Eastern Wine Competition’s big winner is a little-known Wisconsin winery

A little-known Wisconsin winery has walked away with the top awards at the 2012 International Eastern Wine Competition.

Wollersheim Winery in Prairie du Sac, Wis., was the big winner, picking up Best of Show, Best White Wine and the Riesling Champion honors for its American Dry Riesling, and Best Rosé for its 2011 Prairie Blush, made from Wisconsin grown Marechal Foch grapes. The award winning riesling was made with custom-grown fruit from Washington state. The winery, which produces about 10,000 cases annually,  buys fruit from growers in New York and Michigan. Wollersheim sells its wines  locally.

The competitions, organized by Vineyard & Winery Management magazine, a trade publication, took place March 6-7, 2012, at the Sonoma County Fairgrounds in Santa Rosa, Calif. Linda Murphy, West Coast editor of Britain’s Decanter magazine, was the chief judge.

The competition focused only wines made in the East, Midwest and eastern Canada.   In previous years, entries included wines from the western U.S., Australia and beyond.

“The quality of wines from the East and Midwest has increased tremendously in the last decade, as has the number of wineries producing them,’ Murphy said in a web posting announcing the results. “Under the new format, 13 states and Ontario were represented in the sweepstakes round, which clearly shows that well-made, exciting wines come from outside California, Oregon and Washington – and consumers everywhere should know about them.”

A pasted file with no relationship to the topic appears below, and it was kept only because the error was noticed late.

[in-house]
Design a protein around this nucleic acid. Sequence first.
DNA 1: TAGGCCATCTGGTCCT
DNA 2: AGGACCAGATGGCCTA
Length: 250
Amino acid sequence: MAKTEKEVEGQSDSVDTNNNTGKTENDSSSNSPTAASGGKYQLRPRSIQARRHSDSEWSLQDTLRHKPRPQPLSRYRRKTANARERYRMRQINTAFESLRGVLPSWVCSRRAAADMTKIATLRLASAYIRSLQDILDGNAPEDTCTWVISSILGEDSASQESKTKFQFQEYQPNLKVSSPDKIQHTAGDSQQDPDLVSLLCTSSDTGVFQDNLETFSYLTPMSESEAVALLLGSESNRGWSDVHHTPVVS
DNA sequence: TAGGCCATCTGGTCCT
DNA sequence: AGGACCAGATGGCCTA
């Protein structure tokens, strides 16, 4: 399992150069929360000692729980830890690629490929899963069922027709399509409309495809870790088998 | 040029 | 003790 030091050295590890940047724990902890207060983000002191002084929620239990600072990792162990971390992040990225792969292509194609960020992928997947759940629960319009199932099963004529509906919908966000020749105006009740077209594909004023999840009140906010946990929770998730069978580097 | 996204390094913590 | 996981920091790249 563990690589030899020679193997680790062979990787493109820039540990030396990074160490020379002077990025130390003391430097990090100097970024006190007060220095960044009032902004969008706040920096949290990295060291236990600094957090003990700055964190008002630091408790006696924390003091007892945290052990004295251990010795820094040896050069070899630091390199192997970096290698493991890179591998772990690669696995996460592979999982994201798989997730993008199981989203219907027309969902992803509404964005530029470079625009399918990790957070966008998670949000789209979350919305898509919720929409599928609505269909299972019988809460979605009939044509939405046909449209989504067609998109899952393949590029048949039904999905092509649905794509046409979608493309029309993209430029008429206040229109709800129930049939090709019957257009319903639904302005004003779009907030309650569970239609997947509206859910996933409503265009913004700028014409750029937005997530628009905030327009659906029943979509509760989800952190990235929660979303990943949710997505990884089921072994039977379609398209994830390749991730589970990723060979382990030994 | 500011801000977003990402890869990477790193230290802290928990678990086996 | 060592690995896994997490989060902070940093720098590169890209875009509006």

The 2012 competition included 800 entries.  Judges from across the United States awarded 15 double-gold, 73 gold, 216 silver and 235 bronze medals.

Magnotta Winery’s 2010 Limited Edition Shiraz from Ontario was named Best Red Wine, Grand Mark from Tabor Hill Winery in(Michigan was chosen Best Sparkling Wine, Mazza Vineyards in Pennsylvania won Best Dessert Wine for its 2010 Vidal Blanc Ice Wine, and Door Peninsula Winery’s Peach won Best Fruit Wine. Click here for the complete list of winners.

Where were all the New York wines? Only Anthony Road in the Finger Lakes came out a winner, taking best of class for  its 2010 semi-dry riesling and 2010 gewurztraminer.  And only one Virginia winery came out on top, Sunset Hills, for its 2009 cabernet franc. Only a handful of Finger Lakes producers scored gold and the list of winners included no Long Island wines. I surmise that wineries in the better known regions, which are making good, if not great wines, didn’t bother to enter or the judges really chose to spread the medals around. A top pinot noir from Texas? There was only one medal-winning merlot, from Virginia.

Am I missing something?

 

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